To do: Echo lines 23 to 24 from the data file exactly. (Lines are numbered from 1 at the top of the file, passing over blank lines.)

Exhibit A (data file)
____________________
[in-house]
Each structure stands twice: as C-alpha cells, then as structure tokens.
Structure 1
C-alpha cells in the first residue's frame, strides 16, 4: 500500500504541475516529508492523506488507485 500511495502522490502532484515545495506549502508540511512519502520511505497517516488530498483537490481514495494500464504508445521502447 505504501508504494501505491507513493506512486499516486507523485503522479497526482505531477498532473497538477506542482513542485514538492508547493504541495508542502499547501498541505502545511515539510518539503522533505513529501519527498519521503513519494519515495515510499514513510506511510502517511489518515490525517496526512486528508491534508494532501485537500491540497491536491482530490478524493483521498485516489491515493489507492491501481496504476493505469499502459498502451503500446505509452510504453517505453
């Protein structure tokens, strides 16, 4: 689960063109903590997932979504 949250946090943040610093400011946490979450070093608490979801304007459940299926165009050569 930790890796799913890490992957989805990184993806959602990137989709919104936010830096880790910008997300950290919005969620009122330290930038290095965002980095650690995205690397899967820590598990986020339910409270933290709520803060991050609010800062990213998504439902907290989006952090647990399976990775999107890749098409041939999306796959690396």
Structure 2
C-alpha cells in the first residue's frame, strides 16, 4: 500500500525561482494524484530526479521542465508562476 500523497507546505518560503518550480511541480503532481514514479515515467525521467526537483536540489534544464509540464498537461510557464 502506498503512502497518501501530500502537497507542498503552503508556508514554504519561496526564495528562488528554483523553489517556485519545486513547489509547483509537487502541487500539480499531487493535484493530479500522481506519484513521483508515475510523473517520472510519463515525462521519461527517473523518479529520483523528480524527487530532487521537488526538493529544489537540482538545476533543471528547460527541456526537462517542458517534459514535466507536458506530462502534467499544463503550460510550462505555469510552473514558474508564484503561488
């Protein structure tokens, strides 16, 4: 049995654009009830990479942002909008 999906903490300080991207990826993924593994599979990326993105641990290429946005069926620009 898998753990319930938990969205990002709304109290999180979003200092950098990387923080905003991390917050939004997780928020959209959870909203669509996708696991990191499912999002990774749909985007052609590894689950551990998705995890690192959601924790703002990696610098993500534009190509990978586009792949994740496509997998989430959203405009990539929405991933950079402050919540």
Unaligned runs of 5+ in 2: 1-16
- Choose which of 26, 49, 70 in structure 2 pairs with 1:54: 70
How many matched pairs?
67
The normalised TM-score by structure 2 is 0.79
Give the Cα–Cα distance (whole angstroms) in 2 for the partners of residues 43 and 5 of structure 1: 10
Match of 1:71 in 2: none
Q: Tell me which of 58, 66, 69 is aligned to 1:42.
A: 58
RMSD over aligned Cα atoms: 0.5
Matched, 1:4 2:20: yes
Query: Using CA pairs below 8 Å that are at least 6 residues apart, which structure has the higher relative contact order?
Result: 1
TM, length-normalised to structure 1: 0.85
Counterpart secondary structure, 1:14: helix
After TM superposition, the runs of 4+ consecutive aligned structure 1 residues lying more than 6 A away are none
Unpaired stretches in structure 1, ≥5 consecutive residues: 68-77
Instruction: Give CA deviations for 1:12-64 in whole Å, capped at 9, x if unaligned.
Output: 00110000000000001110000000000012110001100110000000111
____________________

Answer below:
Counterpart secondary structure, 1:14: helix
After TM superposition, the runs of 4+ consecutive aligned structure 1 residues lying more than 6 A away are none